While we all like to give and be given second chances, the sad fact is that your economic past has the ability to make or break your financial future, especially when it comes to your credit score. For better or worse, those three digits are more than just a number — they are also a reflection of your ability to make a comfortable life and achieve your dreams.
If your aim is to start your own business, poor personal credit can make it difficult to acquire the capital you need to make your business a reality. If you need to buy a new car, lenders are likely to think twice about funding your new ride if your credit score is low. Not to mention, a low credit score often leads to higher interest rates on future credit cards, significant hurdles for mortgage loans, and can even prevent you from getting certain jobs.
Getting your credit score to the place you want it to be isn't always easy. By understanding how your credit score works and developing better financial habits, you'll find that you can get those three crucial digits that you want.
Spotting the Storm
Having a low credit score can feel like there's a perpetual storm cloud hanging above your head, preventing you from enjoying anything at all. Understanding how your credit score is calculated and what kinds of actions influence is a big part of getting that storm cloud to leave you alone.
The score itself is typically calculated through a few different categories: amounts owed, new credit, length of credit history, types of credit in use, and payment history. The two most important factors in your score are typically the amount of debt you currently have and your payment history, so having a large amount of outstanding debt or a history of paying bills late can have a larger effect on your credit score than requesting a bunch of new credit cards, even though both aren't ideal.
Further, a single mistake can set your credit back by a large amount. To quote one US News article,
"Messing up just once could result in a serious loss of points that will take a long time to correct. For instance, if you don’t pay a bill and it goes into collections, you’ll lose a lot of points from your credit score – perhaps as many as 100. You’ll have to demonstrate years of positive payment history to get your score back to good form."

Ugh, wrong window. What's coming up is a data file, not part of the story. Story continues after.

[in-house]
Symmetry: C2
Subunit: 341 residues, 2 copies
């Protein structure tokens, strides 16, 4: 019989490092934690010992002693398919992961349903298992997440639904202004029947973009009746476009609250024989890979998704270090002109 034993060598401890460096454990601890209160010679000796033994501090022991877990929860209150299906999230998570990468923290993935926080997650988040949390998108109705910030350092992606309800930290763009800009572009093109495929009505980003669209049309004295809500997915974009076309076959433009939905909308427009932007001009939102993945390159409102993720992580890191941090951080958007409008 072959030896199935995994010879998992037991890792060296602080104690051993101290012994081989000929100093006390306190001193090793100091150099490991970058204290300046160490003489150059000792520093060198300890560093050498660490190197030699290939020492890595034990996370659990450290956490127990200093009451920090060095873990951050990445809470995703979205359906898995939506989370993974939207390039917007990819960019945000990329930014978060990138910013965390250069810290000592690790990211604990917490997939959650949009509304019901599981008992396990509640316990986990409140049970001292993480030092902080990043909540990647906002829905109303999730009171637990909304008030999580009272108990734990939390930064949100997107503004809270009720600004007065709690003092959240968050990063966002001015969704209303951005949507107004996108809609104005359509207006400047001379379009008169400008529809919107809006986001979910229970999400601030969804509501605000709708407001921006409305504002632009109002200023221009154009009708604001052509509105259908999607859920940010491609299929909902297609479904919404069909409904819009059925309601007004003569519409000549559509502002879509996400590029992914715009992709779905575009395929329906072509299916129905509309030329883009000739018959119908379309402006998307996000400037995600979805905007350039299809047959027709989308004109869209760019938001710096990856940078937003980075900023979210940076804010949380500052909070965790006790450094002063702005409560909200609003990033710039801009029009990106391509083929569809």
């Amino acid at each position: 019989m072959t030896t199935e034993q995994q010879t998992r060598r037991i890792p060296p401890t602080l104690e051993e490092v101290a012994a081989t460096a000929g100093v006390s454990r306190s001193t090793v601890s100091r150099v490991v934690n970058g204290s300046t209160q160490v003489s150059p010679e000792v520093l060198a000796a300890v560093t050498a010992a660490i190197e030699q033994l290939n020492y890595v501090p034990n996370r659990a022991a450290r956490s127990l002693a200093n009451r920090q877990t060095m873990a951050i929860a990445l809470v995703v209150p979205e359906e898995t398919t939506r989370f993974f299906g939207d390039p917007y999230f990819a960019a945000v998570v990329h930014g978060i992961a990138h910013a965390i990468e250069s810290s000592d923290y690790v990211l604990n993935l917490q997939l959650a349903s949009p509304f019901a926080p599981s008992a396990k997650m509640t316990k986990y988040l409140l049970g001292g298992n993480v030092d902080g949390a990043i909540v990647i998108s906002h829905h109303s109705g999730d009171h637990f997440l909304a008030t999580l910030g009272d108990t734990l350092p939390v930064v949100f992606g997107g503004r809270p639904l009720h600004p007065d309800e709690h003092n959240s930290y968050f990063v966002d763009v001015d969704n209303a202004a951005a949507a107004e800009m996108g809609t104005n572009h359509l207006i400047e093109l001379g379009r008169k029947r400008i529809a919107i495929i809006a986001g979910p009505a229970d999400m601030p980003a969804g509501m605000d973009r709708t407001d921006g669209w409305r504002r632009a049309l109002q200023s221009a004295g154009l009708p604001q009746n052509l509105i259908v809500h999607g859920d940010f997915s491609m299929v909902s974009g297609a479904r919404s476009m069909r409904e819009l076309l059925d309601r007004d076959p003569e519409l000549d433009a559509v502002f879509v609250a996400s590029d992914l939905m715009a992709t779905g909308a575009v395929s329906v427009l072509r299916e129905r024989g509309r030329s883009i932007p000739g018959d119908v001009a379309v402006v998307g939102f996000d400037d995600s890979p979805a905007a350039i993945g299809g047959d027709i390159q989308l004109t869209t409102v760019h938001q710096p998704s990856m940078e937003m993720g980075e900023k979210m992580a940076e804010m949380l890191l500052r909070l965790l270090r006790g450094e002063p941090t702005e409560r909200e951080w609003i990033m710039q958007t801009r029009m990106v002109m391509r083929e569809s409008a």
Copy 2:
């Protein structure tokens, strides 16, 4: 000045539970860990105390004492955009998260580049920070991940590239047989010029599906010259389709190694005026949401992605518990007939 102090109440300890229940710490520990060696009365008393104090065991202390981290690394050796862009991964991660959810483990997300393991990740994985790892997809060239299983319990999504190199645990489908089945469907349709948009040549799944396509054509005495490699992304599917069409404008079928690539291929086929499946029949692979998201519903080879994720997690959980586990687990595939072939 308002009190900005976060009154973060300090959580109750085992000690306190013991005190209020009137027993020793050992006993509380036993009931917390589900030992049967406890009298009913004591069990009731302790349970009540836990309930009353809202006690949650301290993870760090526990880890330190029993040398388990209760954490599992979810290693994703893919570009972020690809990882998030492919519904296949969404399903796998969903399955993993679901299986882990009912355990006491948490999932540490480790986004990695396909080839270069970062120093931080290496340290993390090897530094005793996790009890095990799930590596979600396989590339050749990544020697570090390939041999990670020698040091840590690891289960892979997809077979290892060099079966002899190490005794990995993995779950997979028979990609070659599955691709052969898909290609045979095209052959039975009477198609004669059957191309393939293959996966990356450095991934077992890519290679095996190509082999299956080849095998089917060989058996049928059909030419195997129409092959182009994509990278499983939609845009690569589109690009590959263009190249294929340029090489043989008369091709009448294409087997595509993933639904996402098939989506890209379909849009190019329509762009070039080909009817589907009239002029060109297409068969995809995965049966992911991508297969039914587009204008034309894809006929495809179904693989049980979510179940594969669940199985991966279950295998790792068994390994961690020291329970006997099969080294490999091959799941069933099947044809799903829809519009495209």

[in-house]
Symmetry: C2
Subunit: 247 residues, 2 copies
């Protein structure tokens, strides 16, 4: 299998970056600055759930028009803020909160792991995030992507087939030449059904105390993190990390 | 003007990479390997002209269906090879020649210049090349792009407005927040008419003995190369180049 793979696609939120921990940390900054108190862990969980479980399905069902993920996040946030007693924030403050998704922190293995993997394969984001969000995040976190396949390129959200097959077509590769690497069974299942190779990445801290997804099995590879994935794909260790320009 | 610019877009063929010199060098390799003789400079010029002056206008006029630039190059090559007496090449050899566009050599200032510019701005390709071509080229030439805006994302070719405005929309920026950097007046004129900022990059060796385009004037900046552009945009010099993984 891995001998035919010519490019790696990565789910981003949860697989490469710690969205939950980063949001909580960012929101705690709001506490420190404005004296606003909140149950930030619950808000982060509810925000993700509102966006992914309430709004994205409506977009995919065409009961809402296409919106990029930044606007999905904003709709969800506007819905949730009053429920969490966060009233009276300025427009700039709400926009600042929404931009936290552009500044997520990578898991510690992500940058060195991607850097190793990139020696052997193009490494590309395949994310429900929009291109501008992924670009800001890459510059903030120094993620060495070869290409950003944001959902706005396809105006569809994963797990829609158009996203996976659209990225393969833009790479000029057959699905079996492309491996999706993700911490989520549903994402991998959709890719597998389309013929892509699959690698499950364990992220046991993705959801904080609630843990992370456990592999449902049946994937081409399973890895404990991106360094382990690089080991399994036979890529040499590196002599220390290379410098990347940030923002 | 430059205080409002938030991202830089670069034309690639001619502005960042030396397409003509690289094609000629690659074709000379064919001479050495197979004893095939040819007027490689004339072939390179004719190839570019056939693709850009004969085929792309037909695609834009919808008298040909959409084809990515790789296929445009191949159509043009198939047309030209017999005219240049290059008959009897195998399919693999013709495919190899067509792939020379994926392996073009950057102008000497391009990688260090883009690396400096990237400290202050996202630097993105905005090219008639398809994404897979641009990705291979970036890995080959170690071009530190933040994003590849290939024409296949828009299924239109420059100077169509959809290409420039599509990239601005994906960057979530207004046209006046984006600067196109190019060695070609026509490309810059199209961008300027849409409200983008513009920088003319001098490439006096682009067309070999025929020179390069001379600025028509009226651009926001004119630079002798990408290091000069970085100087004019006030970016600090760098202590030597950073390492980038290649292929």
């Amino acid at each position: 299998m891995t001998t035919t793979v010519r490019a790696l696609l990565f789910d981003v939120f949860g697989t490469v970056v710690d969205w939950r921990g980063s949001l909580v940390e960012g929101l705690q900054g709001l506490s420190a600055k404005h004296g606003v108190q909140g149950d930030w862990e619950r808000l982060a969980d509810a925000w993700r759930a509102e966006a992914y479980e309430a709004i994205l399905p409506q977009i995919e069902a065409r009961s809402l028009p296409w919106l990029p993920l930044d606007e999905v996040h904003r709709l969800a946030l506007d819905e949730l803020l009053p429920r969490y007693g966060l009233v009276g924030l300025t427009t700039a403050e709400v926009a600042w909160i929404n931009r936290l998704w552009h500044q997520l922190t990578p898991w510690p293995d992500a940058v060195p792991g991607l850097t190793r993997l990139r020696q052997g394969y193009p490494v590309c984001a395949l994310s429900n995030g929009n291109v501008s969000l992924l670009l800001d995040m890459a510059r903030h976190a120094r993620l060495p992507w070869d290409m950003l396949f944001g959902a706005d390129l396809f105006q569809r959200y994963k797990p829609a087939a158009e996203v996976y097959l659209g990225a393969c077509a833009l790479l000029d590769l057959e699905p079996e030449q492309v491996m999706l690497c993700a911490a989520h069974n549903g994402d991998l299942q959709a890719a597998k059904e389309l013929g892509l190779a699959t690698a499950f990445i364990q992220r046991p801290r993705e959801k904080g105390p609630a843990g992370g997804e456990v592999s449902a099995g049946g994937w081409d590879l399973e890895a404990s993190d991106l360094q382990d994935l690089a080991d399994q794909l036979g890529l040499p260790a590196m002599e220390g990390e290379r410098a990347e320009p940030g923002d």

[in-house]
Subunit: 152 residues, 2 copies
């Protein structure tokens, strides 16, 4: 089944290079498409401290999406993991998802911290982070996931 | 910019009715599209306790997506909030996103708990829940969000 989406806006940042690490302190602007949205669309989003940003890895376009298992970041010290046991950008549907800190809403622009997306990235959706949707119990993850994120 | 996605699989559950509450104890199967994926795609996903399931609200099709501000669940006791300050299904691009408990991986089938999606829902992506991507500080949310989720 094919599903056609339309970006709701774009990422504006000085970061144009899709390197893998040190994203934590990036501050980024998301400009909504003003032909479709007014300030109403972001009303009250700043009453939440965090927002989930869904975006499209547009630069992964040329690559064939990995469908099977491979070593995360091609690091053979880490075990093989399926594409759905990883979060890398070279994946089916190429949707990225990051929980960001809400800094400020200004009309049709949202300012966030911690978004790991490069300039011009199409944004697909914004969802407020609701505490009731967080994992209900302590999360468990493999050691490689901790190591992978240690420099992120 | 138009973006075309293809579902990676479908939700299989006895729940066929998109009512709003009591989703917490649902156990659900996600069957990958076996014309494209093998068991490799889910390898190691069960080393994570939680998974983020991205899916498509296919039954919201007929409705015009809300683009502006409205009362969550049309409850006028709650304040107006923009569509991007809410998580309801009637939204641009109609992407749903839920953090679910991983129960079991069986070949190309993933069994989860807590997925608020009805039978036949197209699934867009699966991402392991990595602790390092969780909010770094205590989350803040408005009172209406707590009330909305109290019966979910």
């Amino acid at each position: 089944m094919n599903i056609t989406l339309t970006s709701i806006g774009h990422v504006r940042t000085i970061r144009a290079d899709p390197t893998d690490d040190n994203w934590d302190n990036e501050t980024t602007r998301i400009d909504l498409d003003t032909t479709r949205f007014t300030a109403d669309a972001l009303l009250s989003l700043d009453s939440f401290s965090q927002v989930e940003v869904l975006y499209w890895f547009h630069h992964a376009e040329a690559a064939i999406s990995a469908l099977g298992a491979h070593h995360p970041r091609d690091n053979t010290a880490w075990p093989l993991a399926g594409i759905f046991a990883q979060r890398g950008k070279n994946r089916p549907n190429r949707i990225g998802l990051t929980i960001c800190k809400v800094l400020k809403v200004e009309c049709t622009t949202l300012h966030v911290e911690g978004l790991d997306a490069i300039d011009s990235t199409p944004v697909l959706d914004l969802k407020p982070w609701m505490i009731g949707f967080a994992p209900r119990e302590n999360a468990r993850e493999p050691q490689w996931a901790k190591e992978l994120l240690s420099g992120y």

Thus, the best piece of advice on having a good credit score is to avoid letting it drop in the first place. However, if you do find yourself trying to recover from sub-par credit history, you do have options available to you.
Facing the Weather
According to CreditKarma.com, a good credit score is above 720. If you score below this number, here are a 3 tips on raising it:
1. Set up Automatic Payments
Online banking tools can be incredibly helpful, especially when it comes to remembering your payments. Set up automatic bill paying to ensure that you always pay on time to avoid late fees. By setting up automatic payments to come out of your paycheck, you can prevent yourself from accidentally spending money you don't have. This will be key in raising improving the payment history rating in your credit score.
2. Create a Budget and Stick to It
Carefully monitor your expenses each month, and cut out any expenses that are not crucial. Pay off any balance on your credit cards right away so that you don't accrue interest. Credit card debt often comes with high interest rates, so it's especially important not to spend more than you have. Ask yourself, could I pay with cash today? If the answer is no, then think twice about making that purchase.
3. Leave Accounts Open After You've Paid off Debt
Keeping accounts open where you do have good credit history is an excellent way to build an maintain a higher credit score. This Bankrate article explains it well:
Leave old debt and good accounts on as long as possible. This is also a good reason not to close old accounts where you've had a solid repayment record. Trying to get rid of old good debt is like making straight A's in high school and trying to expunge the record 20 years later. You never want that stuff to come off your history."
If your credit score isn't great because of your past financial decisions, today is the perfect day to get started on clearing it all up. Bringing some routine and discipline into your financial habits will go a long way. A good credit score means having a lot more financial freedom, so set some realistic short-term and long-term goals and monitor your score monthly to track your progress. I can guarantee you seeing that score go up, even incrementally, will feel really, really good. Sometimes, those dark, debt-filled rain clouds seem permanent, but by caring for your credit score, you do have the power to get the sun shining again.
Have any good tips on maintaining, building, or tracking your good credit score? Tweet us @Lindsey2Wealth today!